As wealth distribution changes and the needs of the millennial customer change from the needs of those generations that have gone before, banks and wealth managers need to re-evaluate how they operate, and shake up their services if they are to survive and thrive in the new era.
It is universally acknowledged that, with longer life expectancies and a subsequent longer period of old age to save for, millennials are destined to work for much longer than their parents. This has not been helped by student loans, wages stagnating since the financial crisis and high rates of rent, all of which have made saving much harder for this generation.
Despite this, data indicates that 80 per cent of millennials are still interested in saving and keen to do so – with new technologies coming to the market to help them do just that. Companies need to respond accordingly.
The millennial customer is more globally mobile and digitally minded than their predecessors, with a preference for ethical investments. They will look for firms that can match those requirements.
It is without doubt that technology will prove a huge driving force in how firms adapt to meet the new generation of customers. Digital capabilities need to be complementary, not supplementary, with platforms providing 24-hour access from anywhere in the world.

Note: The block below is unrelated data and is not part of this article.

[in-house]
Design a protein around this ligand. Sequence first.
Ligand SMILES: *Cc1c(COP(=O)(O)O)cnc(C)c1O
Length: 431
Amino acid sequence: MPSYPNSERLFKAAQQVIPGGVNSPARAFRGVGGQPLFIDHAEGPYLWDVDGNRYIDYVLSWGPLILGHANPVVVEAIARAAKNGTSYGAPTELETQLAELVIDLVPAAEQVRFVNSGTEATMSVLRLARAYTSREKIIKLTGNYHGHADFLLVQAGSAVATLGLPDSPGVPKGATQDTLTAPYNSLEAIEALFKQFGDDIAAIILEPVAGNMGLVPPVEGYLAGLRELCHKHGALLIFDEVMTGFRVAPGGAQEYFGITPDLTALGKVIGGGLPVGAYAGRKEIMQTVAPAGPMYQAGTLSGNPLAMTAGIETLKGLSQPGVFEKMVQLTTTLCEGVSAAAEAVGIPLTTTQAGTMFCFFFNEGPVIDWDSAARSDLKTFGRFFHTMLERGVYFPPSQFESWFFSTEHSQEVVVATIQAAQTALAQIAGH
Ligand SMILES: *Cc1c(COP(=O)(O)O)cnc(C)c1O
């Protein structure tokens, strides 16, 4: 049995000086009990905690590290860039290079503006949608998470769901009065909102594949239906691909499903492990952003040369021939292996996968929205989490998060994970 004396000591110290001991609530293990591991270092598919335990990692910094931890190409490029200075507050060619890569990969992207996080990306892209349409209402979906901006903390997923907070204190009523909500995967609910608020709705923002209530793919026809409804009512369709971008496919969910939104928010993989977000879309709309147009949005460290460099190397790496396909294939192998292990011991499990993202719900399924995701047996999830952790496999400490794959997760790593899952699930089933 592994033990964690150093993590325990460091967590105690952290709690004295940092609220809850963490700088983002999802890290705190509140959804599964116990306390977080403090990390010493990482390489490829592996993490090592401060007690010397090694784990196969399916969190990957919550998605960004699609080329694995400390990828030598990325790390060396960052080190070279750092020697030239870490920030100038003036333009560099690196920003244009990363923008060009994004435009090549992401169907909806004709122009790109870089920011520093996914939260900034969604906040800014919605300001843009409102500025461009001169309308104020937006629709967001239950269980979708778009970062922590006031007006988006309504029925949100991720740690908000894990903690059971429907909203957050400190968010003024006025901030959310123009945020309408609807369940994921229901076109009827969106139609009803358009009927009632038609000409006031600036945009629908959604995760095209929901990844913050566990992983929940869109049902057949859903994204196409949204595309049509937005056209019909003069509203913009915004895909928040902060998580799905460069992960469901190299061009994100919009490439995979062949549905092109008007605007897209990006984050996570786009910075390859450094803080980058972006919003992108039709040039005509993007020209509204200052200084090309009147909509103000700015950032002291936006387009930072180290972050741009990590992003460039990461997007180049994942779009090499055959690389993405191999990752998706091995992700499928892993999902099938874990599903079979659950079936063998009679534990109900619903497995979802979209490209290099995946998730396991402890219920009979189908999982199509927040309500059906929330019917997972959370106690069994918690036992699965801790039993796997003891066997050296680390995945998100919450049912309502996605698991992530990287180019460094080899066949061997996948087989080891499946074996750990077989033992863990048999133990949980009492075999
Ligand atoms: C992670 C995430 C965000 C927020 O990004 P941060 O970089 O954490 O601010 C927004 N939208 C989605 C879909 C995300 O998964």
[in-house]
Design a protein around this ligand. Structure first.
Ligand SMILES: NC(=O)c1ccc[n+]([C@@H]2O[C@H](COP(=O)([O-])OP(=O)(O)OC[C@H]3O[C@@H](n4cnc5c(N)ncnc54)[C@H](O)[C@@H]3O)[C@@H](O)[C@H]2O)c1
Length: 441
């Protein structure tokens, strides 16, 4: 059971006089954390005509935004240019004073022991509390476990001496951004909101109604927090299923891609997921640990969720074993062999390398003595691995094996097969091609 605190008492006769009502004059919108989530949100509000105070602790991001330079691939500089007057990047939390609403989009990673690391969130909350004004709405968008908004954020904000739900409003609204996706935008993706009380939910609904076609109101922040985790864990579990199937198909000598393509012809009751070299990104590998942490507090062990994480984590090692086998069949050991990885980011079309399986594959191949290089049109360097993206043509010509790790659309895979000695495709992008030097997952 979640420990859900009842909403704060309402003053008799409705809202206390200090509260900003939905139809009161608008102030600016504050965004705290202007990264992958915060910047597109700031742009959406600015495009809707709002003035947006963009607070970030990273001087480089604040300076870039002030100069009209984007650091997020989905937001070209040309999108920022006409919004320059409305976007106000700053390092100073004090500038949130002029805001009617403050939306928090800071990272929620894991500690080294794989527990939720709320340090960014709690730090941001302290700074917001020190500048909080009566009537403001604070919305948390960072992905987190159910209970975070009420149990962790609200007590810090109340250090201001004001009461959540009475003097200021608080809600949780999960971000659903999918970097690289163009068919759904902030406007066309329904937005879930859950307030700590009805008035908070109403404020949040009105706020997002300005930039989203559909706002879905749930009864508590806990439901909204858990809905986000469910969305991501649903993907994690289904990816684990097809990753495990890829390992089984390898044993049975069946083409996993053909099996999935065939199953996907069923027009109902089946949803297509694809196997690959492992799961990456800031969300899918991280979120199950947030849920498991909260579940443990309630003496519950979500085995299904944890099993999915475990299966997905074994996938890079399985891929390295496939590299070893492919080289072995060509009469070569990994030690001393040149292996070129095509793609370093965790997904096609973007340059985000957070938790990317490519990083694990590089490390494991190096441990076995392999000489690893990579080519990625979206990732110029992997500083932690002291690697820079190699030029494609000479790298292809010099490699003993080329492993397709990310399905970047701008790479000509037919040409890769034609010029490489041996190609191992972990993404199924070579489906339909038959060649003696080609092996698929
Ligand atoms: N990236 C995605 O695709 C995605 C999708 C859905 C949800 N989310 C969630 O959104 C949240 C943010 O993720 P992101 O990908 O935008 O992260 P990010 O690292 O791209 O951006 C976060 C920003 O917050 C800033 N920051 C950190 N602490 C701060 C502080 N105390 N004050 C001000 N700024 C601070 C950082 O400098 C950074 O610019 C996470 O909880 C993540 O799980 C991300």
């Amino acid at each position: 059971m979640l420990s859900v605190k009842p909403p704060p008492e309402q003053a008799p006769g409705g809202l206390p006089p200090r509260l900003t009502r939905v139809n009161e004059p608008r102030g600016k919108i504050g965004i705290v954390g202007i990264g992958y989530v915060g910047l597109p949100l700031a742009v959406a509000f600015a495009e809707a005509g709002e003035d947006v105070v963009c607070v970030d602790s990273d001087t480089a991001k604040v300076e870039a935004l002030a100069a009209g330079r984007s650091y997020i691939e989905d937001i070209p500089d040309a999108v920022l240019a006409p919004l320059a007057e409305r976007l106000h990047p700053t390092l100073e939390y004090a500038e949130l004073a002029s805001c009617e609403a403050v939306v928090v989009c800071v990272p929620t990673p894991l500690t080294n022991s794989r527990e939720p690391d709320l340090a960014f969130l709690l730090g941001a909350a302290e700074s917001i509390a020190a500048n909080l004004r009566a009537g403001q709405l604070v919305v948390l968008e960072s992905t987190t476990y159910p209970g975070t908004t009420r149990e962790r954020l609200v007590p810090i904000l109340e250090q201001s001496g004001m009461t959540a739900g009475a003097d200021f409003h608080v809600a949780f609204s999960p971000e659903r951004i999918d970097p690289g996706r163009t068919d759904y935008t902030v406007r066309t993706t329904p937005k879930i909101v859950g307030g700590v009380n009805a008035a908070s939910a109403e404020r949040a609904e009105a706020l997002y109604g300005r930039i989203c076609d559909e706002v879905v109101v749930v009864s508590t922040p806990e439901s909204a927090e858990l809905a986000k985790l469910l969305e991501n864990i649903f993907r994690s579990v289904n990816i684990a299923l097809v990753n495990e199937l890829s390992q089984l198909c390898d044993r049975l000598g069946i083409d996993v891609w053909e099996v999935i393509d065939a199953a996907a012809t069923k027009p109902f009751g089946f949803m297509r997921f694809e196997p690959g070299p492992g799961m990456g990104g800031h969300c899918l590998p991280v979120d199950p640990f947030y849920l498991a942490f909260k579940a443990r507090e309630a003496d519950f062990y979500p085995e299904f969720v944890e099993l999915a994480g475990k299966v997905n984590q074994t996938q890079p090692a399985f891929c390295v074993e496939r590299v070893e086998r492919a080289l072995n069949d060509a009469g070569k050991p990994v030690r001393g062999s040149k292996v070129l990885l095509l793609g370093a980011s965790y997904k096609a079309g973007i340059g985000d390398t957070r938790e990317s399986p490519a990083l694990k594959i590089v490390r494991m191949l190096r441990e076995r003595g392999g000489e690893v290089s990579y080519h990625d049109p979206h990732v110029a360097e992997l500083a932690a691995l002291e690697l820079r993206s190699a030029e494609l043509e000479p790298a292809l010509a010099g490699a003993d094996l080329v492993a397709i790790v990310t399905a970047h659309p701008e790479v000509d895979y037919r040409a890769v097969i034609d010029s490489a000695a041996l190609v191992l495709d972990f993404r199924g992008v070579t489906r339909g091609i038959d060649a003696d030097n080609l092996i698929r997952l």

Digital service also means there are increased opportunities to market to an audience of one. There are services that are very intuitive, which customers have come to expect, and to date providers have only dipped a toe into the wealth of possibilities available to them in this area.
In addition, while previously ethical investing was often dismissed out of hand, this has changed significantly and has become in some instances an overriding focus for millennial investors. Companies need to ensure this becomes a factor in the advice and services they provide.
However, rather than a purely digital solution, it would still appear that some of the seemingly old-fashioned methods are desired by the millennial generation, including emotional and personal advice that machines simply cannot provide.
Service is key. It will not be enough for firms to claim to provide a bespoke service, but not actually do so. Members of the next generation want to be understood as individuals and a bespoke client relationship will be paramount for this, so providers need to be able to deliver bionic advice and be able to know when to switch in and out of digital-to-human interaction.
The emphasis on corporate governance and principled companies is also not a new idea. Many of the old chocolate companies set up in the UK were established with the Quaker principles of doing good by their customers and employees. In a way we are seeing a return to this.
In essence, it will be an intelligent blend of both methods that will see companies survive with the new generation of wealth owners and wealth creators. It is important for firms to find a balance, making the simple and boring tasks automated, but focusing on human engagement elsewhere. Man with machine will ultimately win out over man without machine.